Recently, Mark Shuttleworth, founder of Ubuntu shocked the Ubuntu Linux world when he announced that the next release of the popular Linux, Ubuntu 11.04, would use Unity instead of GNOME as its default desktop interface.
Why move from pure GNOME to Unity? As Shuttleworth explained to the Ubuntu developers, “Lots of people are already committed to Unity — the community, desktop users, developers, and platform and hardware vendors.” In particular, he noted, “Original equipment manufacturers (OEMs) favor Unity. They’re happy to ship it.”
That last part is important. Shuttleworth had told me that Dell, which he said had sold several million Ubuntu desktops, laptops, and netbooks, supports the project. In addition, Canonical has desktop deals in place with Lenovo and Acer. These arrangements may lead to these, and other, major PC OEMs finally releasing Ubuntu desktops in the U.S and European markets.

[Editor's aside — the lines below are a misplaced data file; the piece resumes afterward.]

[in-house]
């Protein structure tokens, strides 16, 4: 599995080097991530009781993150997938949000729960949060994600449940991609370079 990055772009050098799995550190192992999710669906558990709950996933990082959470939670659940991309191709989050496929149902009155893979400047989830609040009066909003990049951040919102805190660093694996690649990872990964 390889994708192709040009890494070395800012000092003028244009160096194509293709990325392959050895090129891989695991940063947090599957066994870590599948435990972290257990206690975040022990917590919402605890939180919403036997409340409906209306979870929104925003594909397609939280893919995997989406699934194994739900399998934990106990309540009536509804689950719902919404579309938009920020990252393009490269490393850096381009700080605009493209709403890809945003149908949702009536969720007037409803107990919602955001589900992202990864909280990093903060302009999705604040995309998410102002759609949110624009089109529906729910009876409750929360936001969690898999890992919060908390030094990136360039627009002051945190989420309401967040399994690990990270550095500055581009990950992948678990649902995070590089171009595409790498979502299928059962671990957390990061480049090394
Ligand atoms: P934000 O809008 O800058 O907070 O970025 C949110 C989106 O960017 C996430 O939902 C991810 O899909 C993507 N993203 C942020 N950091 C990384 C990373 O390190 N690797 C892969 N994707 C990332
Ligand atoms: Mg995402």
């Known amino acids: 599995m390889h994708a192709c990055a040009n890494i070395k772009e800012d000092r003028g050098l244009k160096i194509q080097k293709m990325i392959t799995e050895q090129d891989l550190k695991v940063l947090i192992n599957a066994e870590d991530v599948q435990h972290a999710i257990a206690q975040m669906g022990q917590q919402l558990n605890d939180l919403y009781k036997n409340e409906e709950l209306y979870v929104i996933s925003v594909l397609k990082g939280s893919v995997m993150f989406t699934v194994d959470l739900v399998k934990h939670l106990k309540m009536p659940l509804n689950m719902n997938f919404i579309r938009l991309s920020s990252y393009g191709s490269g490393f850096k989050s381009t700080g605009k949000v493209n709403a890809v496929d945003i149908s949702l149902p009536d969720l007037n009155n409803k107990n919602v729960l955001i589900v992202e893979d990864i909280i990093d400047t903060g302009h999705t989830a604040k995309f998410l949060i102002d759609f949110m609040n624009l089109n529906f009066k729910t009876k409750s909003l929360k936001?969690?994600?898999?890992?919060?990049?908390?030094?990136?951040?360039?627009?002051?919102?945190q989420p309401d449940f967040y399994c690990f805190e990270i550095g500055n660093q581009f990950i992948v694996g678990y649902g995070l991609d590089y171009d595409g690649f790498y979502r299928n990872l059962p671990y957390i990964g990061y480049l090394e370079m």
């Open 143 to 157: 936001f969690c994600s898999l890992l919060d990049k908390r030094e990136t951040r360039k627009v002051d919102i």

You see, Unity is Shuttleworth’s (and Ubuntu’s) attempt to capture not just a bigger share of the desktop market, but a lion’s share of the netbook, desktop, tablet, and even smartphone market. Shuttleworth said that providing one interface for all user devices will improve quality assurance and make it easier for OEMs to integrate and support Ubuntu across their PC platforms. In short, “There will be no fault-line for OEMs between desktops.”